Interface DRC Can Streamline Chip-Level Interface Physical Verification

Validate chip-level interconnects and block interfaces early without generating a multitude of invalid DRC results.


In most design companies, the chip-level physical implementation teams responsible for design floorplanning in place and route (P&R) environments also manage top-level physical verification from the early floorplanning stages through tapeout. In early floorplanning stages, blocks placed in the chip-level floorplan are usually still under development. Merging these incomplete blocks with the chip-level interconnect for sign-off design rule checking (DRC) produces a massive number of errors from the block core and along the block boundary at the chip-level interface. While a few of these errors may be valid, sorting through all the error results to find them is a time-consuming process that provides little value.

While design flows and best-practice design methodologies vary from company to company (and often even between different teams within a single company), what is constant is everyone’s desire to meet aggressive tapeout schedules. Eliminating unnecessary activity like reviewing invalid DRC results certainly helps. An ideal solution would enable chip-level designers to validate the chip-level interconnect and block interfaces in their floorplan without generating a multitude of invalid DRC results.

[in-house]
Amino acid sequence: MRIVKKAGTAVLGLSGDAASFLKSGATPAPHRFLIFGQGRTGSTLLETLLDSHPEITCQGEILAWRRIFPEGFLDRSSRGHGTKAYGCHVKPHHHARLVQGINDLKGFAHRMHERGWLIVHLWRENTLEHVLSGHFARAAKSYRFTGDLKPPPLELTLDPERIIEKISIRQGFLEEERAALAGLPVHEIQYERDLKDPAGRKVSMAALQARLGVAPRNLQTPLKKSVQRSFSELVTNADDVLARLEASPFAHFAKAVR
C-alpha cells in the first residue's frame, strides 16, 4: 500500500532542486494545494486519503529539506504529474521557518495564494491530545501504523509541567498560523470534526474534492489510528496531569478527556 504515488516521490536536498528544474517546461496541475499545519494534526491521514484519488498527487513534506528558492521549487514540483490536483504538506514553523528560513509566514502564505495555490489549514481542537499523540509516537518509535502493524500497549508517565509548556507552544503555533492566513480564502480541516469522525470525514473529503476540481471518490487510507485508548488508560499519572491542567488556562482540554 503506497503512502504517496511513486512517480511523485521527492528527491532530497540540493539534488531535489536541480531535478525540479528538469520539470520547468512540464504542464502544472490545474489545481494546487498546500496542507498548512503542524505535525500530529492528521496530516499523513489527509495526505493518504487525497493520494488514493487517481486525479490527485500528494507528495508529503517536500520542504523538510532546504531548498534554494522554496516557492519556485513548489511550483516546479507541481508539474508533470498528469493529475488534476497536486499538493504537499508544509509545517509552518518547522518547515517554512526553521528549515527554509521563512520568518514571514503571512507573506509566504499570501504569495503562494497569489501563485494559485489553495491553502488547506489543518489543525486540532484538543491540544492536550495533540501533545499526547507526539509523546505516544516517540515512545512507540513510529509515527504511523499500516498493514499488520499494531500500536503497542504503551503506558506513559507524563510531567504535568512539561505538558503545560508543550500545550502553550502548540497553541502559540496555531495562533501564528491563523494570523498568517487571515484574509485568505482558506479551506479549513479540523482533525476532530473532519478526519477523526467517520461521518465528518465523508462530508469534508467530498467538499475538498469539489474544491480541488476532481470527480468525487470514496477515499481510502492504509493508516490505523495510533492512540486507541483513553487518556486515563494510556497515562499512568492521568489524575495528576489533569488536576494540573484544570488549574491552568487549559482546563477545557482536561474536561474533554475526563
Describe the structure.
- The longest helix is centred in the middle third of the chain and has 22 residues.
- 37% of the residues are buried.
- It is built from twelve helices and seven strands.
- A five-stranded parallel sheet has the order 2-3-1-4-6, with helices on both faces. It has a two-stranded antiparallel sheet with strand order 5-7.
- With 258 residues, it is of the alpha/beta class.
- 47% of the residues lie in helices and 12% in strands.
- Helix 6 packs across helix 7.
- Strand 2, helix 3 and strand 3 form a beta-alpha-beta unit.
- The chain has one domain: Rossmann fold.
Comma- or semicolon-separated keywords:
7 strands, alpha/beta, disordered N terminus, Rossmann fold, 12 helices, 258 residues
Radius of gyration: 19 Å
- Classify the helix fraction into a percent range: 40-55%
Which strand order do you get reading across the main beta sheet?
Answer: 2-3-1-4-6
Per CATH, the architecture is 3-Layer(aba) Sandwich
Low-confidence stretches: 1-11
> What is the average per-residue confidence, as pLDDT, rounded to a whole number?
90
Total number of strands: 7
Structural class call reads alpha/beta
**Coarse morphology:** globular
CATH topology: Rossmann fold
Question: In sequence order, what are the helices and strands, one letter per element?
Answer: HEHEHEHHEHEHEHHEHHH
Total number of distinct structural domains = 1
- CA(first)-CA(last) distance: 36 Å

One approach is to modify the chip-level sign-off verification flow to create an interim interface DRC flow that excludes rules and data that cannot be reliably checked when blocks are incomplete. A parallel design implementation flow can have multiple blocks in different stages of development at the same time. Of course, verifying blocks (each of which may be at a different stage of physical design) in the chip-level context is more complex than a simpler waterfall design methodology, where all blocks are completed before being placed at the chip level for verification. However, adapting the sign-off flow to support interface DRC checking also provides early validation of chip level designs, avoids costly rework associated with flows using multiple DRC applications, and affords an easy transition to full sign-off verification.

Chip-level interface verification